Nay-sayers may say what they like (presumably, it’ll be ‘nay’), but what Scomo is doing here is identical in terms of political courage, importance, and relevance to the population at large. In a nation where there is no specific prohibition on the provision of religious instruction in private schools, where each state has radically different views on religious instruction in public schools but not a single one bans anything short of single faith proselytisation, and where the law is sufficiently vague and undefined (NSW law, for example, doesn’t really even define ‘education’) that it’s very difficult to see how anything other than the religious protections already implied in the constitution could apply – it is in such a nation that our very own high priest of happy clappy tongue-speaking is proposing a bill to cover the freedoms that religious institutions already hold by de facto.

Now, while this might seem like a waste of time, I assure you it isn’t. You see, under the current system, the school and/or state is deemed to be in partnership with the parents (the children don’t really get a look in here) in the provision of education, with the state being the senior partner. Should a parent object or be dissatisfied with something like, oh, I don’t know, the teaching of young Earth creationism in the face of all reason, evidence, and sanity, then they can either remove their child or have their objection tested in court. This is obviously a gross injustice, and by formalising religious exemptions at a federal level, what Scott Morrison is doing is enshrining the right of any educational institution to program hapless children to think that dinosaurs were planted as a trick by angels, or that gay people will burn in hell forever. And for this, he is certainly a hero worthy of the kind of adulation people in that part of the religious spectrum reserve for great leaders like… well, I can’t actually think of anyone who’s done anything on this small and redundant a scale, so let’s just call him a trailblazer. Scott Morrison should be lauded for burning this path back to the fourteenth century, and I for one am astonished to live under leadership of this stature.

On The Sudden Love Of Bush

(AP Photo/Dennis Cook) 

This is not an article about the demise of the Brazilian, but rather of the sudden outpouring of bipartisan love for George H W Bush. Now I’m definitely not saying that this is completely inexplicable. Former President Bush was an undoubtedly moral man, and an important one. The Bush family belong, though in a very different part of the spectrum, in the same space as the Kennedy clan when it comes to great American dynasties. And Bush’s life after office was arguably exemplary, with friendships that reached across the aisle, across class boundaries, and which he leveraged for various altruistic and civic causes. And when it comes to his flaws, his affection for political expediency when it came to negative campaigning and dog whistling, his antediluvian attitudes to race relations, drugs, and foreign policy, these are certainly being remembered as well. One of my enduring memories of Bush is of him waving a bag of crack at a camera in the oval office, Bush having mobilised the Secret Service to buy him an astonishing quantity in Lafayette Park. I remember wondering if those agents actually believed Bush’s explanation of why he wanted the stuff, and also, given how quickly and easily they made the purchase, how often they’d had to do this in the past.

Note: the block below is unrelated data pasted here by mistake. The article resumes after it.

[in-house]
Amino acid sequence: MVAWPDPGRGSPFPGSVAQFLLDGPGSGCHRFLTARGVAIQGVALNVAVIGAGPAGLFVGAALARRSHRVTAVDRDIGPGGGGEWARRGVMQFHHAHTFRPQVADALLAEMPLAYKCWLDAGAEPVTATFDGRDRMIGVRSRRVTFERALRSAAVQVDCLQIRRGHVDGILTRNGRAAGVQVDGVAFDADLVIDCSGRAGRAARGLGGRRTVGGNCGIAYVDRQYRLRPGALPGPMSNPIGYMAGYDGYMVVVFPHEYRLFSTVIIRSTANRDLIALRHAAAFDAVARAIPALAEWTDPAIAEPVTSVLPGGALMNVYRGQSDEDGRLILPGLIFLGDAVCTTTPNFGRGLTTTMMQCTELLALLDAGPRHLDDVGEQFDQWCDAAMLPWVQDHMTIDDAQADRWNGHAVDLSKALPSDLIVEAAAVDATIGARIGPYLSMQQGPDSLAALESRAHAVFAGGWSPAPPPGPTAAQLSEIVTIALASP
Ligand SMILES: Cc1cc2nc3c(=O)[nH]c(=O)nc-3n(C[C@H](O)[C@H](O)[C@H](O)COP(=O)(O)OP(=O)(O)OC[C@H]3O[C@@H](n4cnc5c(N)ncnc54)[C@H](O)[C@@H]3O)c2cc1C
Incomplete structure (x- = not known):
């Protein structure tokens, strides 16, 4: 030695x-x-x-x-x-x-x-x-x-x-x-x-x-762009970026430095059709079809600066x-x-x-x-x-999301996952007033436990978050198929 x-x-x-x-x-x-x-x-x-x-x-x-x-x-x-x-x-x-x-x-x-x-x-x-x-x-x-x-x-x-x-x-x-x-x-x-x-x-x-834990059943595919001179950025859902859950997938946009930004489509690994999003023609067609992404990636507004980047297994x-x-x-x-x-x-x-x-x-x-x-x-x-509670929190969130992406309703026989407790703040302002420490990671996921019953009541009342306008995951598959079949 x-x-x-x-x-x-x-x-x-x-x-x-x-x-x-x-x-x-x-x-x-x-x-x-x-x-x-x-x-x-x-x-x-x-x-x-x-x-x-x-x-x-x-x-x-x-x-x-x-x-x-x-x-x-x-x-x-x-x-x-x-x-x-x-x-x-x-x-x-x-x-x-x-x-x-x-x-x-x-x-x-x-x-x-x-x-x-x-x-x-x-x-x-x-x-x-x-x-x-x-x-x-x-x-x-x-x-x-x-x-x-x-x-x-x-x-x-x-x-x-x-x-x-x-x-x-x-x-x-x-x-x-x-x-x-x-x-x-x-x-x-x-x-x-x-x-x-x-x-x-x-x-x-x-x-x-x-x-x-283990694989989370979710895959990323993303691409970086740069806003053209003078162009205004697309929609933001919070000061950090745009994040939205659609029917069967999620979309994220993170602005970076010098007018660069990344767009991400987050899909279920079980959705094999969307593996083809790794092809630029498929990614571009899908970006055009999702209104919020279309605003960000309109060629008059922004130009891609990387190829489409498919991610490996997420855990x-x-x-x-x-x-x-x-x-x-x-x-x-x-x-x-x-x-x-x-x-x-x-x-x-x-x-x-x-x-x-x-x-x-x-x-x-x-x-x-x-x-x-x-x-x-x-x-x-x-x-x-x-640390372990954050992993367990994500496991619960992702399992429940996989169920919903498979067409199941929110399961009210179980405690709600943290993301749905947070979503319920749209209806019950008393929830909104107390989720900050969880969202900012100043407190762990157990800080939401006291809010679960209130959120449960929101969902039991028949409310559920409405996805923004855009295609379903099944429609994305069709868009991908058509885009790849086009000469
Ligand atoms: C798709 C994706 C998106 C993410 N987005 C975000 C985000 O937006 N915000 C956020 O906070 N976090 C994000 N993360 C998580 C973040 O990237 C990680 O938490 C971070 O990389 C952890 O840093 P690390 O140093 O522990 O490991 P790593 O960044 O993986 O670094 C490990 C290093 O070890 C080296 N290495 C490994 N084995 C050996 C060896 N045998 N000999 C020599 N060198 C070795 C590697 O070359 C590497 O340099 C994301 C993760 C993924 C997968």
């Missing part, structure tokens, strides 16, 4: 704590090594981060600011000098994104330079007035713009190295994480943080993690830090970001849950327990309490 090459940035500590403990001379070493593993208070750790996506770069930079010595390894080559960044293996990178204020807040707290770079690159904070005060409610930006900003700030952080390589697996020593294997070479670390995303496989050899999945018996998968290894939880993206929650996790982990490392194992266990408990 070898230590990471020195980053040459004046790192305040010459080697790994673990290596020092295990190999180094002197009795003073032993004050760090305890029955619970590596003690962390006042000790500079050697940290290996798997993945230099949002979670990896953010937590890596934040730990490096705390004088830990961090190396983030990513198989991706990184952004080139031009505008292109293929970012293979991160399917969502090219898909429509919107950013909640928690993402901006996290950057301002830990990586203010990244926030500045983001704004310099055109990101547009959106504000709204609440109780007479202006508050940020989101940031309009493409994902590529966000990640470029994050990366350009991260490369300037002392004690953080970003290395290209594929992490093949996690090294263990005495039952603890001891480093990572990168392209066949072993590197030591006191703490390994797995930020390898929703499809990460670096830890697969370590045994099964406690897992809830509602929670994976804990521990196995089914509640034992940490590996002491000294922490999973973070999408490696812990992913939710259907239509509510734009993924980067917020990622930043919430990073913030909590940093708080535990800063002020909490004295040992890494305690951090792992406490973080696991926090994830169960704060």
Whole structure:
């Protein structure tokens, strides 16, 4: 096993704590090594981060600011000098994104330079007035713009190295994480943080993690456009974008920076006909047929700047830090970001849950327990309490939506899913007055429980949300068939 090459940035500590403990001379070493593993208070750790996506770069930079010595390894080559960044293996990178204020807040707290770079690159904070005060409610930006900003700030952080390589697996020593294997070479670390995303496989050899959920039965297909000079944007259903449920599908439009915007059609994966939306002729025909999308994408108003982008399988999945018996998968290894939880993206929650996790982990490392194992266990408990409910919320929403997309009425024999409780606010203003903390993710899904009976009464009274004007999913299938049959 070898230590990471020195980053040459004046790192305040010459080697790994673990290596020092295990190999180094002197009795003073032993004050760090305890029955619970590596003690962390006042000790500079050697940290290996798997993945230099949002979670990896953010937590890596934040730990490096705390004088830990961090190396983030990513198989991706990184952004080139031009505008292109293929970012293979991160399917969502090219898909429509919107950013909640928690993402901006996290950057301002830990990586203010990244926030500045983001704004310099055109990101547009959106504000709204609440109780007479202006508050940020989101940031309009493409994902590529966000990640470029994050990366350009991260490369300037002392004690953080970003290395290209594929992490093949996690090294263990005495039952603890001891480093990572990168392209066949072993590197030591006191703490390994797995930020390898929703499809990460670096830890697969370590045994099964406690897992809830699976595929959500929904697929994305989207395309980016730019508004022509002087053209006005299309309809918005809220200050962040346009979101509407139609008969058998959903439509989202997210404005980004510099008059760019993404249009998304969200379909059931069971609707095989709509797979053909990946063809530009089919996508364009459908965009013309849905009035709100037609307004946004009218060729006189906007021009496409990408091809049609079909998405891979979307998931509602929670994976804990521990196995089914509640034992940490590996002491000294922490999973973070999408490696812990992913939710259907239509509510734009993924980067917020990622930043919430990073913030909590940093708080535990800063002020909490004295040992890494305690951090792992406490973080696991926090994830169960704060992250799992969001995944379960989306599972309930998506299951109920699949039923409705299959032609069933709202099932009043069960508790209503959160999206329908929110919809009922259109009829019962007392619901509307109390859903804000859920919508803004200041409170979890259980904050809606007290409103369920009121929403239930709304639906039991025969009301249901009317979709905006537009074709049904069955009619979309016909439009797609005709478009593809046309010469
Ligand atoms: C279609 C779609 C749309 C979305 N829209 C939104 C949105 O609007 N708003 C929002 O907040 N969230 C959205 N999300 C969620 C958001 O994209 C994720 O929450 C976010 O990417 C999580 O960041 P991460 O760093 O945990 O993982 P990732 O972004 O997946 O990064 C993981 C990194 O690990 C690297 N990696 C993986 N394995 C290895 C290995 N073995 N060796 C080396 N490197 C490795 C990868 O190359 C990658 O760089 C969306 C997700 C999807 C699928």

Bush’s war on drugs was an utter catastrophe, and as far as that goes, his legacy is people who went to jail in his administration and are still there for crimes like possession, and an appalling body count. And then there’s the natural targets of any war on drugs in that region. It’s really not too difficult to draw a straight line from US interventionism in the cartel homelands to the caravan pressing up against the US/Mexico border today. Quite a few people are also pointing out his attitudes to abortion, birth control, gender equality, LGBTI rights, AIDS, and a raft of other issues which are hot button topics today. Actually, I can’t just let the AIDS thing go as a casual mention. Bush’s response to the AIDS epidemic was classically inept and moralising, and it’s very easy to describe his do-nothing prudishness as lethal to a great many people. But context needs to come into play. Bush’s attitudes on these issues were not actually that far from the median for the time. It’s an unpalatable truth, but for those of us who were alive and sentient in those days, it’s not too hard to remember that our current and highly laudable embrace of all things minority was, in fact, far from being a mainstream or median belief at the time.

And here we come to the nub of all this affection for his memory. Whatever else he was, George H W Bush was a gentleman, in the patrician sense of the word, and as such, while it was always possible to disagree with him, it was never really feasible to dismiss him as an insane bigot. For me, his service record, both military and civilian, softens the lens through which I remember him. His publicly known attitudes to what relationship there should be between a president and the state, a president and their government, and a president and their citizens, were highly admirable. This is a man who very clearly did the best he could to serve his country and his people according to his own lights, however dim or bright we might consider those lights to be. So it is definitely by contrast that we surround him with the halo he currently enjoys.

And that’s really it, isn’t it? In contrast to the current POTUS, even Dubya’s starting to look good. To be completely honest, a faeces-coated burning sofa on a garbage pile looks statesmanlike and intelligent next to President Trump. But I really don’t think this should take away from the essence or core of this outpouring of feeling for the last of the warrior statesman presidents of the USA. I personally deplored George H W Bush’s politics, and disagreed, often vehemently, with almost every one of his broad policy positions. Such is the right and prerogative of everyone resident in the western world, given that every one of us is directly impacted by the direction and character of any POTUS. But George H W Bush never once gave the impression that he’d forgotten or didn’t care about this. He operated with integrity, courtesy, and an earnest desire to serve something other than (or as well as) himself. And what this does is present a stark and deeply depressing counterpoint to the current ‘leader of the free world’. So yes, I’m happy to go with the love for Bush, because what it really signifies is my profound disapproval of Trump.